April Blizzard

A blanket of snow covered the mews after last weekend’s hefty snowstorm. Even Aldo’s mew, where the skylight is covered for the winter, had a dusting thanks to the strong winds carrying a taste of the blizzard inside. Carson and Theo got the full force of the storm through their open skylights. I saw footprints on the ground and ramp in Theo’s mew; in typical owl fashion, he didn’t seem to mind. Carson the Red-tailed Hawk chose to stay elevated on perches. Her snow piles remained untouched until I swept the ramp clear with my mitten. I wondered what she was thinking as I took this photo.

She might share the same attitude as most people that spent the April weekend shoveling. “Are you kidding me?”

Or does she appreciate the snowfall as a magnificent form of enrichment? “Isn’t this interesting!”

Or, perhaps more likely, she thought of more pressing matters. “So, when will my food be delivered?”

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Digger’s new view

The snakes and salamander returned to the Curiosity Center yesterday after weeks of construction. While a new wall went up, they were tucked away in the classroom, safe from all of the sawing, sanding, and painting. Plenty of work remains for the main exhibit, but they returned home once the Curiosity Center was put back together. For them, the move was easy. Digger, Emory, and Scuba got to rest in their travel crates while volunteers hefted glass terrariums from the classroom to the exhibit hall. Then heating pads had to be plugged in, light timers reset, rocks and branches rearranged, and water bowls filled. After all of that, I hope Digger enjoys her new view of the cheery orange wall and entryway!Diggers new view.JPG

Preening in the Sun

Sometimes I use the birds as an excuse to get out of my office, stretch my legs, and bask in the sun. I figured Aldo would be a willing accomplice as he joined me this week in a sunny spot. If Museum Director Deb had walked by, I might have justified this basking as necessary enrichment for Aldo, but I think those springtime rays were just as enriching for me. It also gave Aldo the perfect opportunity to preen those hard-to-reach areas under his wings!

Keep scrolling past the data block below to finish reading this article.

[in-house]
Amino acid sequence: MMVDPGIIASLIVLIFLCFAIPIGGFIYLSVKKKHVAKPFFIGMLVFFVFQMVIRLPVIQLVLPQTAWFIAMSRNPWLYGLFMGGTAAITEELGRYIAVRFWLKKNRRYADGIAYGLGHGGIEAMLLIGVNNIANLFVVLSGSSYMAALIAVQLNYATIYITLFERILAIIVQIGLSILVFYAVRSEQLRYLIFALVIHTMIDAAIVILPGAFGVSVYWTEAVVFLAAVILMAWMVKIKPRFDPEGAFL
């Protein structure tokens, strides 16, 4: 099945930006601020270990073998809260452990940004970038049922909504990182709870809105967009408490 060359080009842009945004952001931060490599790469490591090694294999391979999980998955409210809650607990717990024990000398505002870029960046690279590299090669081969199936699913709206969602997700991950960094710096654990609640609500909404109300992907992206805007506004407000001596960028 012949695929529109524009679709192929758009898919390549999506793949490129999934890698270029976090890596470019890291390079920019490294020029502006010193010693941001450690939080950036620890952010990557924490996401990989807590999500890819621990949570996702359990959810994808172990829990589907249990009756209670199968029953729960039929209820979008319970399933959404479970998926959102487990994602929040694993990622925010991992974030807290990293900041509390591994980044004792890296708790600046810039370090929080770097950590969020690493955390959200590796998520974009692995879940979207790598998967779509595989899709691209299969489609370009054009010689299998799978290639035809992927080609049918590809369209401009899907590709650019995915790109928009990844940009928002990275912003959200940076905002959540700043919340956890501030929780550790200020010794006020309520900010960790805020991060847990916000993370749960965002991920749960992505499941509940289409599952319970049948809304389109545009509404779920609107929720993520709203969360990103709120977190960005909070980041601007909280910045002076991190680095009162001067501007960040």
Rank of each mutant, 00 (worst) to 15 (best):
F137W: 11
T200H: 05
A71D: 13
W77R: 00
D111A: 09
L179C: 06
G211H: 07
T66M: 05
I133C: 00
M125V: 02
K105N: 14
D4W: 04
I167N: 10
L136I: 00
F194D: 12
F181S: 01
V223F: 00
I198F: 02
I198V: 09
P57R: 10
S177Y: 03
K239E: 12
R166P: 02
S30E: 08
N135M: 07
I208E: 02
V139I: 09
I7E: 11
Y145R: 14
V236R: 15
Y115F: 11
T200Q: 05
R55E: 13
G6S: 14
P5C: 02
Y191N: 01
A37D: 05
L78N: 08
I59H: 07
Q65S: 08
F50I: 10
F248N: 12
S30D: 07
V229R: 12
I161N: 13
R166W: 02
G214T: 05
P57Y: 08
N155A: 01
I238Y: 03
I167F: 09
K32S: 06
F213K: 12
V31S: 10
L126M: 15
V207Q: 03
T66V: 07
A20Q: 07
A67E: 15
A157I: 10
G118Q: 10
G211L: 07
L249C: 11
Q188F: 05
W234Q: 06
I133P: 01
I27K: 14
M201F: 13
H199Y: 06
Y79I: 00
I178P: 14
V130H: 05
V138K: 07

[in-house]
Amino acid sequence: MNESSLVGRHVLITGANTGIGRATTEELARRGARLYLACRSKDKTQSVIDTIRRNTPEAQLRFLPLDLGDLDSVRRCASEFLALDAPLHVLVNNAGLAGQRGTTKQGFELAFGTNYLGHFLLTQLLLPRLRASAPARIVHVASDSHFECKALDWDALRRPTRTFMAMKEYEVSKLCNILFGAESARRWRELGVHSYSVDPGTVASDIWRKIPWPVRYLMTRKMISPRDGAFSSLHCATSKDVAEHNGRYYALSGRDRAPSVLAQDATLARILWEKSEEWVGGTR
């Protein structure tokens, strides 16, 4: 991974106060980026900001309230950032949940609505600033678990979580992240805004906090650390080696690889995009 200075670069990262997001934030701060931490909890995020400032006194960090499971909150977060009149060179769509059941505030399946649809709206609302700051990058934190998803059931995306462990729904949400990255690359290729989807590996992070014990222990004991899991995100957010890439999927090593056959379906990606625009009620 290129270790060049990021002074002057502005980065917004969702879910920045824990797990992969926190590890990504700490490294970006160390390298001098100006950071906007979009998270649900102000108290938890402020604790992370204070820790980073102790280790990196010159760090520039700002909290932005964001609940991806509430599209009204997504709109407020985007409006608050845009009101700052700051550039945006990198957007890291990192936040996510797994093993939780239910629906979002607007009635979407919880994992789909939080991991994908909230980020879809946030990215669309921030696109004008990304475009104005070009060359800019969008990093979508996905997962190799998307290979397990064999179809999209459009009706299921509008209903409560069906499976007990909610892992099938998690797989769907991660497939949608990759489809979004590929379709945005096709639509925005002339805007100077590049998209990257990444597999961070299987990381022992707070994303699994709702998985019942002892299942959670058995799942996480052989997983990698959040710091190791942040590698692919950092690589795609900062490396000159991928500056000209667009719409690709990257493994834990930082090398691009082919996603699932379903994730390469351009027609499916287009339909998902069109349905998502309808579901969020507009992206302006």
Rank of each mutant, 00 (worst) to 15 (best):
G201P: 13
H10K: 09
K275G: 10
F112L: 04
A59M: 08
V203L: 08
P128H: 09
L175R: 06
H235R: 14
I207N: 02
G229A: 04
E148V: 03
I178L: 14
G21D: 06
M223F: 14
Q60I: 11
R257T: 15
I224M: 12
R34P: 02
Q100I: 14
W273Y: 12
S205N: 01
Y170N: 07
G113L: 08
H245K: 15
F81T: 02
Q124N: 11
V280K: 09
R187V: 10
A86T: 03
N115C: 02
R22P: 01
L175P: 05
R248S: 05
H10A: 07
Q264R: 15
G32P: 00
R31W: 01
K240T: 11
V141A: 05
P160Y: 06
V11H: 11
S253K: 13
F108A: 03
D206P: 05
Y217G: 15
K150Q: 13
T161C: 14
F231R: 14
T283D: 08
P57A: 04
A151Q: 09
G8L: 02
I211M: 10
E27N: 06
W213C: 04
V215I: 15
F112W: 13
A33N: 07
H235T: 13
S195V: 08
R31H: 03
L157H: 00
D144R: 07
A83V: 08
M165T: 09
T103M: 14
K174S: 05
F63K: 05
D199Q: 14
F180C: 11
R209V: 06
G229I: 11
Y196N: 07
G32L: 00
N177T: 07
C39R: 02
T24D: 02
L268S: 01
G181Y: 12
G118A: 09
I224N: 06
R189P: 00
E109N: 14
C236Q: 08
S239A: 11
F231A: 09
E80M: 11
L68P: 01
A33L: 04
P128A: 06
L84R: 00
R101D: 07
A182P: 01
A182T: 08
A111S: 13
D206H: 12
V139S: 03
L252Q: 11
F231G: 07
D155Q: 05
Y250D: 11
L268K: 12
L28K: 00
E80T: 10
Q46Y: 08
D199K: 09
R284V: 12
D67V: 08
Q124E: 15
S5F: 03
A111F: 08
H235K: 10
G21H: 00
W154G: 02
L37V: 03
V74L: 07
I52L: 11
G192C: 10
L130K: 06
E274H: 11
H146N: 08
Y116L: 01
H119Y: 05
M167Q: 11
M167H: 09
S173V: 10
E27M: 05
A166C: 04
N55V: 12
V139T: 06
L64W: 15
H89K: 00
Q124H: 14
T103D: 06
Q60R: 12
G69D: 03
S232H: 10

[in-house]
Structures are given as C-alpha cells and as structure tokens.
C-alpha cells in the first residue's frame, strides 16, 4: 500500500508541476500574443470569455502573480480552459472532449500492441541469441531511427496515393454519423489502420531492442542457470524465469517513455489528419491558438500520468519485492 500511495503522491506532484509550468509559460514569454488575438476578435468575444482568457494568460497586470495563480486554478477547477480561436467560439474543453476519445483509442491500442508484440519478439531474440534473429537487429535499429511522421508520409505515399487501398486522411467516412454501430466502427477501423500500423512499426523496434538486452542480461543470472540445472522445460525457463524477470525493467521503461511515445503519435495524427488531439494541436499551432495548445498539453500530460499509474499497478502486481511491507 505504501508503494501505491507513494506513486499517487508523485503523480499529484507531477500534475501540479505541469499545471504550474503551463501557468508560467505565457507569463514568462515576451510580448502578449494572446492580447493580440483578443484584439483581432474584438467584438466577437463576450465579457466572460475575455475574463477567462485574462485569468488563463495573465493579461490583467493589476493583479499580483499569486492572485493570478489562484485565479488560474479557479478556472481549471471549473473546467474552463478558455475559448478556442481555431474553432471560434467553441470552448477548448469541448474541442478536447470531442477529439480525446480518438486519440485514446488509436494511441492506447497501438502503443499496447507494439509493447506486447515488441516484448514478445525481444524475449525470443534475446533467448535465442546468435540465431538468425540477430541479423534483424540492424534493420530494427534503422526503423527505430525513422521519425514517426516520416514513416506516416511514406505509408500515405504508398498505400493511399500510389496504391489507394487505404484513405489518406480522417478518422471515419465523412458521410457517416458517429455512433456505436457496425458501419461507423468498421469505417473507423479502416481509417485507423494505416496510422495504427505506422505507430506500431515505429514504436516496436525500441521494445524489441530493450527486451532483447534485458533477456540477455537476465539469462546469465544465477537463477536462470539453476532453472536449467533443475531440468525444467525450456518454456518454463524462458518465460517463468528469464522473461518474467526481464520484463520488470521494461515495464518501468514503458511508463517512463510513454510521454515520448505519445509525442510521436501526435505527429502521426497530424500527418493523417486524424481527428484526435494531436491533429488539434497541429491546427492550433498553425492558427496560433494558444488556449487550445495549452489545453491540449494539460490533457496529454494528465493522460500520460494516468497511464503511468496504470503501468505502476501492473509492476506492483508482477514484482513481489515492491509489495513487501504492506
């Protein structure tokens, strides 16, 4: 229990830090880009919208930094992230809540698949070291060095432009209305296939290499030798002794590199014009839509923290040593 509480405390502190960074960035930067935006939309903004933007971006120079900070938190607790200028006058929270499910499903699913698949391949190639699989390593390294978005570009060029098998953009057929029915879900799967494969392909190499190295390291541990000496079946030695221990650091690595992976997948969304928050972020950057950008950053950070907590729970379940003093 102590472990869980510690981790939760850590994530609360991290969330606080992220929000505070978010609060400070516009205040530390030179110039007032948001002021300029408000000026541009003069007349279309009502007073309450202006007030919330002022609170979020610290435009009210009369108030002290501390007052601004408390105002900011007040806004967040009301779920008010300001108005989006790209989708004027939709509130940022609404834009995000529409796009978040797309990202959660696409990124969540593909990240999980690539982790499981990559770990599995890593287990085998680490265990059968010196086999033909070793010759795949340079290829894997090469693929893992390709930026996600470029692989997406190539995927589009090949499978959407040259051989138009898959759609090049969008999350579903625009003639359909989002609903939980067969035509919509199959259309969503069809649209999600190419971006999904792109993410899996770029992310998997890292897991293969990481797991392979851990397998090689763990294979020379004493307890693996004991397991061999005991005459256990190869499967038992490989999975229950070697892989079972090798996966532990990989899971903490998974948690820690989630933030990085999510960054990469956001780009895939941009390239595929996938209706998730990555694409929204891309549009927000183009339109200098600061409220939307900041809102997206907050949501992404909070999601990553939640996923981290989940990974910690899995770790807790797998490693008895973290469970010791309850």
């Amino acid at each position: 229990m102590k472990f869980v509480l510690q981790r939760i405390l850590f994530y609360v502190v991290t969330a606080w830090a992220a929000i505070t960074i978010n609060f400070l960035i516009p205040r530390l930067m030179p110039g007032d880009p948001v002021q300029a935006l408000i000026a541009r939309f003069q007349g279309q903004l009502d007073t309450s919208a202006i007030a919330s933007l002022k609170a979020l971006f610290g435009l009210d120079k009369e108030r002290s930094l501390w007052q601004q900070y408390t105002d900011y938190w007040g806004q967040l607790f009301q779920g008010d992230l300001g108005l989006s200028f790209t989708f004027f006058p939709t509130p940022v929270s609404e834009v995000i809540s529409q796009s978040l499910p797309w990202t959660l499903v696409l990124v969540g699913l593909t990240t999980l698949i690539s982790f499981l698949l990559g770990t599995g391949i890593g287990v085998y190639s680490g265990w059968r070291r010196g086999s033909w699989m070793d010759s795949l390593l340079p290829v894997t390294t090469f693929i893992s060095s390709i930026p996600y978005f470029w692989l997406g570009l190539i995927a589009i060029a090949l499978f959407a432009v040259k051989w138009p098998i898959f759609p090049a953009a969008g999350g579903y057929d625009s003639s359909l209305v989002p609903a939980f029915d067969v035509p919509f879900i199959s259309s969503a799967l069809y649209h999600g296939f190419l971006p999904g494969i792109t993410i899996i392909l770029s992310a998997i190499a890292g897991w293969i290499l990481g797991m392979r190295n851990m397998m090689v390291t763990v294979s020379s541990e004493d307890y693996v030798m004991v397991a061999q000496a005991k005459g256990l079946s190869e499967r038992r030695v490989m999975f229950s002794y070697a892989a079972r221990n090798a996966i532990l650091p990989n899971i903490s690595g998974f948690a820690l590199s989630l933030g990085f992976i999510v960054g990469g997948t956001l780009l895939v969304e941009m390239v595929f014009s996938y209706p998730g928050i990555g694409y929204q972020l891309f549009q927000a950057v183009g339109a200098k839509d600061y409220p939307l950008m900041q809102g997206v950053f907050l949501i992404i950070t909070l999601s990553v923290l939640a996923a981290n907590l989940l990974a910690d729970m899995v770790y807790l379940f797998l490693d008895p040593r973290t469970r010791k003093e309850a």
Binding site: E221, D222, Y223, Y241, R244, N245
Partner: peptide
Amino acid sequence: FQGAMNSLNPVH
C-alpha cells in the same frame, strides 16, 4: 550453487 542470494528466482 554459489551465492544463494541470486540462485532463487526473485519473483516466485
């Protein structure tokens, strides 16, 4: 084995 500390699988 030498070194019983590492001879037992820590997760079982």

Aldo and Mollie

Over the past few weeks, Aldo has quickly made friends with the Museum’s Curator Naturalist, Mollie Kreb. We had a bit of a time-crunch when she started in February since I planned to leave two weeks later for a conference in California.

She worked with the birds daily, quickly learning how to prep food, use raptor equipment, and weigh Aldo. Luckily Aldo seemed quite happy to hop on Mollie’s glove and I didn’t doubt that the birds – and Mollie – would be just fine when I was traveling. She will continue working with the birds so they know another familiar face when I’m out of town.

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Foot Tuck

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I am always looking for signs that the birds are relaxed. Any time their head is down (while eating) or covered (while preening their wings or sleeping), they are more vulnerable to a threat. A predator might take that opportunity to launch a surprise attack, so they only risk covering their eyes when they feel safe. Other comfort behaviors, like Carson’s foot tucked in the photo, indicate that they are comfortable and and not worried about their surroundings.

Sleeping

I went outside to check on the birds one last time before I went home for the day. I peered into Carson’s mew and saw her staring back at me as usual. But this time, she quickly looked away to snuggle her beak back behind her wing to fall asleep. I don’t often see the birds so sleepy, so I was excited to get her “bedtime” on video!

 

Perch Variety

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Aldo tried out two new perches this week to spice up his time indoors. First he sampled a flat block perch for an afternoon, then he tried out a small hemlock branch that I bent over his normal perch. New substrates keep him engaged, test his balance, and promote foot health. Wild raptors perch on a variety of branches, wires, fence posts, and ledges, constantly changing how weight is distributed on their feet. Captive birds also need options; otherwise they risk developing pressure sores that can develop into swelling called bumblefoot. Aldo has one favorite perch, but it is beneficial to switch things up every once in a while.